Raid No 15
Air Raid warning “Red” was received at 16:28 hrs on November 11th. At 17:15 a single raider, flying northwards, dropped a stick of ten 50 kg HE bombs in a line of a few hundred yards along the western extremity of the town. The British Sugar Corporation’s sugar beet factory at Sproughton was perhaps the target.
The bombs landed as followed:
- No’s 1, 2 and 3: landed in a sand and gravel pit in the East Suffolk area, with only one exploding.
- No 4, 5 and 6: landed in the rear gardens of No’s 637and 639 Bramford Road. One exploded, leaving a small crater.
- No 7: landed in Bramford Road (the B1067).
- No 8: penetrated the roof of No 526 Bramford Road, passing through the house and buried itself in the concrete outside the kitchen door, failing to explode. Two females were slightly injured by flying debris.
- No 9: dropped near an Anderson shelter at the rear of No 69 Henniker Road and failed to explode.
- No 10: penetrated the outhouses and ground floor bathroom of No 65 Henniker Road, failing to explode.
The bomb disposal squad extracted seven of the eight unexploded bombs and exploded them in East Suffolk, the resulting explosion causing some damage to windows in the Bramford Road area. The other bomb proved too difficult to extract and the hole was sealed during the afternoon of the 13th. At about 23:30 that night the bomb exploded but as the bomb was well away from buildings, no damage was done.
It was noted that Police and Wardens had a difficult time in reconnoitring the area due to it being a particularly dark night with strong winds and heavy rain. Evacuation was carried out; two large houses were used by the Public Assistance Committee to house the evacuees.
Right: Area of Raid No 15.
Raid No 16
On Saturday 21st December, Air Raid message “Purple” at 17:36 was received. An single raider was seen in the area for about half an hour before flying in a northwards direction and dropping seven large incendiary bombs and four HE bombs in a line about a mile long in the east area of the town.
The bombs landed as followed:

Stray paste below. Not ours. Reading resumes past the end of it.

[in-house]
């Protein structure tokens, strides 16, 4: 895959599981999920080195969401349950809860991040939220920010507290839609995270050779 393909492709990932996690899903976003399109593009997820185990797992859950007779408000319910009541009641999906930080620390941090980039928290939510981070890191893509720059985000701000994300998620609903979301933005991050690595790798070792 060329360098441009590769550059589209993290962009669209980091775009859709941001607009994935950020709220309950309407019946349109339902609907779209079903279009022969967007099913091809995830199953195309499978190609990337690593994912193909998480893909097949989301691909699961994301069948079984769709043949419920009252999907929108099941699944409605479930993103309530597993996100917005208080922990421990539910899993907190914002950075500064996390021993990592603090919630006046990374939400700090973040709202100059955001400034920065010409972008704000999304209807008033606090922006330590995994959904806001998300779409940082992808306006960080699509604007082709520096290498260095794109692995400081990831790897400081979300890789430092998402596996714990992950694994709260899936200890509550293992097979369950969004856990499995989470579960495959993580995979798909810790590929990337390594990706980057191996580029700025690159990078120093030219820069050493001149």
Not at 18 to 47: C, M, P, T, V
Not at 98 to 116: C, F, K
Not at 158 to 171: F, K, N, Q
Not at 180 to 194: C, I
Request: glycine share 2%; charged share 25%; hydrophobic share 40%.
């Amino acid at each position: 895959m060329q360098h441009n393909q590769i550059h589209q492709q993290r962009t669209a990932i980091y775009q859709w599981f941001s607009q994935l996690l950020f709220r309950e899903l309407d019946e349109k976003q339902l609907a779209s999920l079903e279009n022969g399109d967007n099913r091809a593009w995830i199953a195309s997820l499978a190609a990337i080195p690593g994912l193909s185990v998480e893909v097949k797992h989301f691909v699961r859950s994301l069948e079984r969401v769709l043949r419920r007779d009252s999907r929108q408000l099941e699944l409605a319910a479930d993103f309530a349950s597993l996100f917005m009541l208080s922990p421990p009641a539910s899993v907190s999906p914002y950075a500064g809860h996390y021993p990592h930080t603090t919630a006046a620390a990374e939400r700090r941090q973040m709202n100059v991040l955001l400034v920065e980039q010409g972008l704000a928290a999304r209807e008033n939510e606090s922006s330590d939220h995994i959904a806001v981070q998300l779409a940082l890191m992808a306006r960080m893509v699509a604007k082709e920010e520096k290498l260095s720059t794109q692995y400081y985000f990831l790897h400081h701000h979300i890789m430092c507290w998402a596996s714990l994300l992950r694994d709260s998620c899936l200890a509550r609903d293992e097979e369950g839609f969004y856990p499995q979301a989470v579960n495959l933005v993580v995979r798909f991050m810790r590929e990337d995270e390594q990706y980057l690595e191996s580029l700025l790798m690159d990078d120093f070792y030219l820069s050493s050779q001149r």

- No 1: a large incendiary bomb that buried itself in approx 2’6” of soft soil in the garden of No 100 Bixley Road, failing to ignite.
- No 2: a large incendiary bomb which buried itself in about 3’ of soft earth in the garden of No 85 Bixley Road. It ignited but was quickly put out by a Warden shovelling earth in to the hole.
- No 3: a large incendiary bomb which buried itself in the garden of No 62 Bixley road. A women carrying a basket of linen had a fright as the bomb landed within two to three yards of her; she quickly ran to the other side of the house and luckily the bomb did not ignite until she was safe. It then ignited but again was quickly put out by shovelling earth into the hole.
- No 4: a large incendiary bomb which penetrated the roof of No 60 Princethorpe Road, smashing through a kitchen dresser so that the bomb was just about level with the tiled floor.
- No 5: a large incendiary bomb which buried itself in about 2’6” of earth next to an Anderson shelter in the garden of No 22 Princethorpe Road. It failed to ignite.
- No 6: a large incendiary type of bomb which fell in the road, outside No 20 Princethorpe Road. It penetrated the road and ignited but was quickly controlled by shovelling earth into the hole.
- No 7: a large incendiary bomb was buried itself in the garden of No 45 Chilton Road. It ignited but was quickly controlled by the home owner with earth.
- No 8: a HE bomb landing and exploding in the playing fields of Copleston Road School, a short distance from the boundary of the Isolation Hospital.
- No 9: A HE bomb which landed and exploded in a small meadow next to the farm in the grounds of the Borough General Hospital.
- No 10: a HE bomb which landed and exploded about 70 yards from the nurses’ quarters in the Borough General Hospital.
- No 11: a HE bomb which exploded in the west side of the nurses’ quarters between that building and houses in Lattice Avenue.
The fact that so few incendiary bombs were reported caused the Report Centre to query the Wardens as to the type. The unexploded bomb at No 60 Princethorpe was at first reported as an HE bomb. Deputy Controllers where dispatched to investigate.
Police had collected some of the fins of the incendiary bombs which were not recognised as from bombs dropped on the town in the past. The ignition of the bomb was described as “an upward blaze with a crackling sound resembling machine-gun fire”. The bombs were subsequently identified as 43 lb bombs of Italian origin with semi-armour piercing noses.
Reports were sketchy of the HE bombs due to the darkness of the night. A survey the following morning showed craters 10 to 12 feet across and four feet deep. Some splinters travelled for a distance of 50 yards and penetrated the outside 4 1/2” of a brick cavity wall. At least 15 bomb fragments penetrated the nurses’ quarters. The bombs were considered to be 100 kilo semi-armour piercing Italian bombs. Overall damage to the Borough General Hospital, the Isolation Hospital and nearby houses was small, consisting of damaged windows, doors, roofs and walls due to bomb fragments. First Aid repairs to buildings started the following morning. No casualties were reported.
This was one of a small number of raids carried out by the Italians. Germany had managed to keep the Italians out of the Battle of Britain, being just as unimpressed with their allies as the British were with them as an adversary! However Mussolini continued to put pressure on his Ally and Germany allowed a small number of Italian bombers to operate from Belgium. They were not there long, departing in early 1941!
Right: Path of Raid No 16.